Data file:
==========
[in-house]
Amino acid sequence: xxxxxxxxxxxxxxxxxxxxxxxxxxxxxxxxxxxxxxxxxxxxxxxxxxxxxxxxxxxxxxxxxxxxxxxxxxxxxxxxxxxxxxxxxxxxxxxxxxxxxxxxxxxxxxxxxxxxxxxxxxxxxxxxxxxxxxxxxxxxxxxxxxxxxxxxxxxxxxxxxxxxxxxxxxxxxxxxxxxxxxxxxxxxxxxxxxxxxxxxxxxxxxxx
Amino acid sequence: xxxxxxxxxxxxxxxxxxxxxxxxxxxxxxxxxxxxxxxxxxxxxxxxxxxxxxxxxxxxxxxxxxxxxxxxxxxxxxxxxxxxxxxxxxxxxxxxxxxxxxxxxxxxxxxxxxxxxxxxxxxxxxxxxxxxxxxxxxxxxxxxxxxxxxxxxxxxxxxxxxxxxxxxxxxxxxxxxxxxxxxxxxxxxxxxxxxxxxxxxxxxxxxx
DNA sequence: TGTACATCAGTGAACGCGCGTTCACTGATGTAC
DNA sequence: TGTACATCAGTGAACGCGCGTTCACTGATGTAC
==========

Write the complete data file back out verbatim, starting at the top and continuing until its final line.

[in-house]
Amino acid sequence: xxxxxxxxxxxxxxxxxxxxxxxxxxxxxxxxxxxxxxxxxxxxxxxxxxxxxxxxxxxxxxxxxxxxxxxxxxxxxxxxxxxxxxxxxxxxxxxxxxxxxxxxxxxxxxxxxxxxxxxxxxxxxxxxxxxxxxxxxxxxxxxxxxxxxxxxxxxxxxxxxxxxxxxxxxxxxxxxxxxxxxxxxxxxxxxxxxxxxxxxxxxxxxxx
Amino acid sequence: xxxxxxxxxxxxxxxxxxxxxxxxxxxxxxxxxxxxxxxxxxxxxxxxxxxxxxxxxxxxxxxxxxxxxxxxxxxxxxxxxxxxxxxxxxxxxxxxxxxxxxxxxxxxxxxxxxxxxxxxxxxxxxxxxxxxxxxxxxxxxxxxxxxxxxxxxxxxxxxxxxxxxxxxxxxxxxxxxxxxxxxxxxxxxxxxxxxxxxxxxxxxxxxx
DNA sequence: TGTACATCAGTGAACGCGCGTTCACTGATGTAC
DNA sequence: TGTACATCAGTGAACGCGCGTTCACTGATGTAC